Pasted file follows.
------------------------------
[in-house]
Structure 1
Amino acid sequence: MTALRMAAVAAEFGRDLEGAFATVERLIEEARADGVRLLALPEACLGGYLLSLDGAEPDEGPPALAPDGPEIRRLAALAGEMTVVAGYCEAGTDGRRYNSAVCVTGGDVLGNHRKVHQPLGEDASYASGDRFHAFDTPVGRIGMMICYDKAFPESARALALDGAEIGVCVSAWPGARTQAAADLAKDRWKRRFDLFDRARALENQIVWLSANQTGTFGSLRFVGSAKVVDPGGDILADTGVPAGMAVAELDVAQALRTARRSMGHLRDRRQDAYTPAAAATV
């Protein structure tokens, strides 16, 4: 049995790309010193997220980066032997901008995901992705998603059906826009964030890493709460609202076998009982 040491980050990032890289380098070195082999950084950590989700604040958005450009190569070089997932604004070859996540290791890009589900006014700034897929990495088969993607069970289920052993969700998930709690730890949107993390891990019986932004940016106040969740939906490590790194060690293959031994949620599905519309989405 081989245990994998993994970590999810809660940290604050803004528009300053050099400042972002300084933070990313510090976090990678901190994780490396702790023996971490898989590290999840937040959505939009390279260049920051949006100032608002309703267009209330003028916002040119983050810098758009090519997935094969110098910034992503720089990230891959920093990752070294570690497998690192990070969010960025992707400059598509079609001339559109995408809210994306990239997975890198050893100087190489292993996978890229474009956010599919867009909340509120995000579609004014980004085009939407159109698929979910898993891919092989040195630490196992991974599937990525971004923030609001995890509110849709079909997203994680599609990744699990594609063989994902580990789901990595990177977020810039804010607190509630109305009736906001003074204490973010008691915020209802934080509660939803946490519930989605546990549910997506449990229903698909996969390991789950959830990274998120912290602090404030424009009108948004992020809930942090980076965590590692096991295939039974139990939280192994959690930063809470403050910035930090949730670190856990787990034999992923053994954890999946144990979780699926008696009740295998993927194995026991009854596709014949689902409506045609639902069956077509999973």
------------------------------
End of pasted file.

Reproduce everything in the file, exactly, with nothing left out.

[in-house]
Structure 1
Amino acid sequence: MTALRMAAVAAEFGRDLEGAFATVERLIEEARADGVRLLALPEACLGGYLLSLDGAEPDEGPPALAPDGPEIRRLAALAGEMTVVAGYCEAGTDGRRYNSAVCVTGGDVLGNHRKVHQPLGEDASYASGDRFHAFDTPVGRIGMMICYDKAFPESARALALDGAEIGVCVSAWPGARTQAAADLAKDRWKRRFDLFDRARALENQIVWLSANQTGTFGSLRFVGSAKVVDPGGDILADTGVPAGMAVAELDVAQALRTARRSMGHLRDRRQDAYTPAAAATV
């Protein structure tokens, strides 16, 4: 049995790309010193997220980066032997901008995901992705998603059906826009964030890493709460609202076998009982 040491980050990032890289380098070195082999950084950590989700604040958005450009190569070089997932604004070859996540290791890009589900006014700034897929990495088969993607069970289920052993969700998930709690730890949107993390891990019986932004940016106040969740939906490590790194060690293959031994949620599905519309989405 081989245990994998993994970590999810809660940290604050803004528009300053050099400042972002300084933070990313510090976090990678901190994780490396702790023996971490898989590290999840937040959505939009390279260049920051949006100032608002309703267009209330003028916002040119983050810098758009090519997935094969110098910034992503720089990230891959920093990752070294570690497998690192990070969010960025992707400059598509079609001339559109995408809210994306990239997975890198050893100087190489292993996978890229474009956010599919867009909340509120995000579609004014980004085009939407159109698929979910898993891919092989040195630490196992991974599937990525971004923030609001995890509110849709079909997203994680599609990744699990594609063989994902580990789901990595990177977020810039804010607190509630109305009736906001003074204490973010008691915020209802934080509660939803946490519930989605546990549910997506449990229903698909996969390991789950959830990274998120912290602090404030424009009108948004992020809930942090980076965590590692096991295939039974139990939280192994959690930063809470403050910035930090949730670190856990787990034999992923053994954890999946144990979780699926008696009740295998993927194995026991009854596709014949689902409506045609639902069956077509999973």